Greece is the WOR(L)D: February 10, update
There is a good article at Naked Capitalism that shows how Goldman Sachs helped the previous Greek government hide at least $1 billion of its public debt:
Greece’s debt managers agreed a huge deal with the savvy bankers of US investment bank Goldman Sachs at the start of 2002. The deal involved so-called cross-currency swaps in which government debt issued in dollars and yen was swapped for euro debt for a certain period — to be exchanged back into the original currencies at a later date.
Such transactions are part of normal government refinancing. Europe’s governments obtain funds from investors around the world by issuing bonds in yen, dollar or Swiss francs. But they need euros to pay their daily bills. Years later the bonds are repaid in the original foreign denominations.
But in the Greek case the US bankers devised a special kind of swap with fictional exchange rates. That enabled Greece to receive a far higher sum than the actual euro market value of 10 billion dollars or yen. In that way Goldman Sachs secretly arranged additional credit of up to $1 billion for the Greeks.
Far from blameless in this sordid tale, successive government have falsified the true picture of Greece’s debt bomb. An important part of that spending spree was on lavish military procurements:
The Greeks have never managed to stick to the 60 percent debt limit, and they only adhered to the three percent deficit ceiling with the help of blatant balance sheet cosmetics. One time, gigantic military expenditures were left out, and another time billions in hospital debt. After recalculating the figures, the experts at Eurostat consistently came up with the same results: In truth, the deficit each year has been far greater than the three percent limit. In 2009, it exploded to over 12 percent.
Another study cites the close link between Greece military expenditures and its public debt:
Greece has over the years allocated substantial human and material resources to defence. Its defence burden (i.e. military expenditure as a share of GDP) has invariably been substantially higher than the EU and NATO averages. Furthermore, during the post-bipolar period, when the defence budgets of most countries shrunk, Greek defence spending grew in real terms. This paper contributes to the existing literature on Greek defence spending and its effects by empirically estimating the impact of such expenditures on the country’s fiscal situation during the period 1960-2001 something that has largely been ignored in the relevant literature. In particular, it focuses on the effects of military spending on government debt and its two components: internal and external debt. The empirical findings reported here suggest that central government debt and, in particular, external debt has been adversely influenced by military expenditure but also by the domestic political cycle.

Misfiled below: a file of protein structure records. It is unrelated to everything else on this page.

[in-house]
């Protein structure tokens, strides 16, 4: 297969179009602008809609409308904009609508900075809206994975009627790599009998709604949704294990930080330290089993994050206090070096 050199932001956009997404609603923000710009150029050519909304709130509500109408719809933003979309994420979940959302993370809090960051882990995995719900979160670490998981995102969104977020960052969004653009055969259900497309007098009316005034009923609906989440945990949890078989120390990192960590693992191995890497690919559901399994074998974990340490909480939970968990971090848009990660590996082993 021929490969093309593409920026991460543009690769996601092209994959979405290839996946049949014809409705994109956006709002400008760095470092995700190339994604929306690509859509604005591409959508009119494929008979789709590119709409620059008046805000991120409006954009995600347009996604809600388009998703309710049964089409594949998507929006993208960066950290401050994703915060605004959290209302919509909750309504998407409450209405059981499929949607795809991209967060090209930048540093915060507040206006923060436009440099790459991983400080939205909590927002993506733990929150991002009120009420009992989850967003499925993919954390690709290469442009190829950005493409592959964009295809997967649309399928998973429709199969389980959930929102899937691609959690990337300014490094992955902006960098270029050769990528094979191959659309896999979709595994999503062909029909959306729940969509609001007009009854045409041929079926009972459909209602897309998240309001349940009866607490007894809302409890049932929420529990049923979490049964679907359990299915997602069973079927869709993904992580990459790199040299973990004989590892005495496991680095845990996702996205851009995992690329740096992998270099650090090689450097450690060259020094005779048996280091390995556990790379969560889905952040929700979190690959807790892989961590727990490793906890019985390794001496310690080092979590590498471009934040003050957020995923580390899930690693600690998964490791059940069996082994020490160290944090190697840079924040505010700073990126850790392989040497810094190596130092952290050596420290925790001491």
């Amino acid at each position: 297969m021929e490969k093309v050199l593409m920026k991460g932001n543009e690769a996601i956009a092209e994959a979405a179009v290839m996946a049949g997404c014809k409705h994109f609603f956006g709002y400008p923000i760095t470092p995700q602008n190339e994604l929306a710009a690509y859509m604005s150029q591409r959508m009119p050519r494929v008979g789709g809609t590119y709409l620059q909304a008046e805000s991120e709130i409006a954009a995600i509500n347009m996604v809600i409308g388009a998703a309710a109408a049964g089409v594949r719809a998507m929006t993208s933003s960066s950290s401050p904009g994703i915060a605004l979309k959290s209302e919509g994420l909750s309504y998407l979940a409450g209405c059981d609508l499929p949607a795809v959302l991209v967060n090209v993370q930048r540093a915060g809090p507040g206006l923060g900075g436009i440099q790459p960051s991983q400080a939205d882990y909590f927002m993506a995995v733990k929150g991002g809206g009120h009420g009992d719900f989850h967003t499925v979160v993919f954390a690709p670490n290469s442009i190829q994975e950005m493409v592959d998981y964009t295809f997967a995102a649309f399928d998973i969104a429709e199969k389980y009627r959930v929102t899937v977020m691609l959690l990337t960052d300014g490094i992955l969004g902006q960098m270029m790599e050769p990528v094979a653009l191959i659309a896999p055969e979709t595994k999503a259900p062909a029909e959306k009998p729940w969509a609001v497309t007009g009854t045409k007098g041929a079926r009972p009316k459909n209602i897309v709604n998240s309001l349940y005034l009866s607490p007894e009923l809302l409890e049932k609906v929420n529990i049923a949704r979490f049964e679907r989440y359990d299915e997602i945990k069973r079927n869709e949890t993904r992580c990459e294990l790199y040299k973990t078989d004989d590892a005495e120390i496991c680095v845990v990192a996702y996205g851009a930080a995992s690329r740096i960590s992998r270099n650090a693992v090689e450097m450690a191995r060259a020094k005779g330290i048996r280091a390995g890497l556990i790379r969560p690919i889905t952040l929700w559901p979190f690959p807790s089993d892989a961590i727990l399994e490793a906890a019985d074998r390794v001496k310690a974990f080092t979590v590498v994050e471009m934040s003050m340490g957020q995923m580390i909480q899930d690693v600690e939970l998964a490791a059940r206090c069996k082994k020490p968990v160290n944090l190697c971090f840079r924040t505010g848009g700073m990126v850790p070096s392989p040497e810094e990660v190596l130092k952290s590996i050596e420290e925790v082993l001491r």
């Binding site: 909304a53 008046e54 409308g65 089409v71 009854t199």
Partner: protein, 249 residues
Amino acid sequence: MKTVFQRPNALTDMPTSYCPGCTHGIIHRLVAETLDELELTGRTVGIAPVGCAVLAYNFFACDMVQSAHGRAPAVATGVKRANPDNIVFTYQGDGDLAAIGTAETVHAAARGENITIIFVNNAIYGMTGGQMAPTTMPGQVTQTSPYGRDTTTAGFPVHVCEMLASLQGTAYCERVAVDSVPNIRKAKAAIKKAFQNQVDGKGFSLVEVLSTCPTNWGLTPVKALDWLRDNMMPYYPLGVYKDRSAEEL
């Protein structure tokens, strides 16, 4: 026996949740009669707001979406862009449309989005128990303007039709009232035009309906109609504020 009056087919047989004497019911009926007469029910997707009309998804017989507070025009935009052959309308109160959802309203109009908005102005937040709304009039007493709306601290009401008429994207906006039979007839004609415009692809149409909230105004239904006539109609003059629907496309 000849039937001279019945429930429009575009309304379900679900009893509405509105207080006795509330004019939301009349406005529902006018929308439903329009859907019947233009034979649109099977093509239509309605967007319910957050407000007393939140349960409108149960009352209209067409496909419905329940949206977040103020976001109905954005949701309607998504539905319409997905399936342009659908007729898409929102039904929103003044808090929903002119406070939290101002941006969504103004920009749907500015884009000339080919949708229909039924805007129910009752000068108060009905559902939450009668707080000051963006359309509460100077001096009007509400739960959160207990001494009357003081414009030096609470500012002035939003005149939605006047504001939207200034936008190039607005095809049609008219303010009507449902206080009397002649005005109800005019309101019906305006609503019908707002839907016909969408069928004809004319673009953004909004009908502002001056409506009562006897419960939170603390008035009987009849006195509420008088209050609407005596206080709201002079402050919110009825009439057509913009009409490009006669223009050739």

Deepening debt is what we would expect, since Greece was pursuing fairly aggressive military expansion without a corresponding trade surplus to offset the cost. As Krugman’s model states, such a policy had to result, sooner or later, in an attack on its currency, and corresponding collapse of the country’s economy. The fact that Greece uses the euro doesn’t alter the issue: If it cannot devalue its currency, wages must fall in any case. Government spending is a part of the surplus product of a country, if it and total profits are to be maintained at some level previously in excess of existing total surplus produced, as was the case in Greece, wages must fall.
Yves Smith points out that Goldman’s deals are often used, “to shift risk onto chumps.” It turns out that the chumps, in this case, will be the unions. The working class of Greece is going to take it in the neck on this one – exports have to expand, and this will come at their expense if Athens, Washington and Wall Street have their way. Without deliberate effort to reduce military expenditures and renunciation of external debt, Greece is going to reenact Argentina in short order.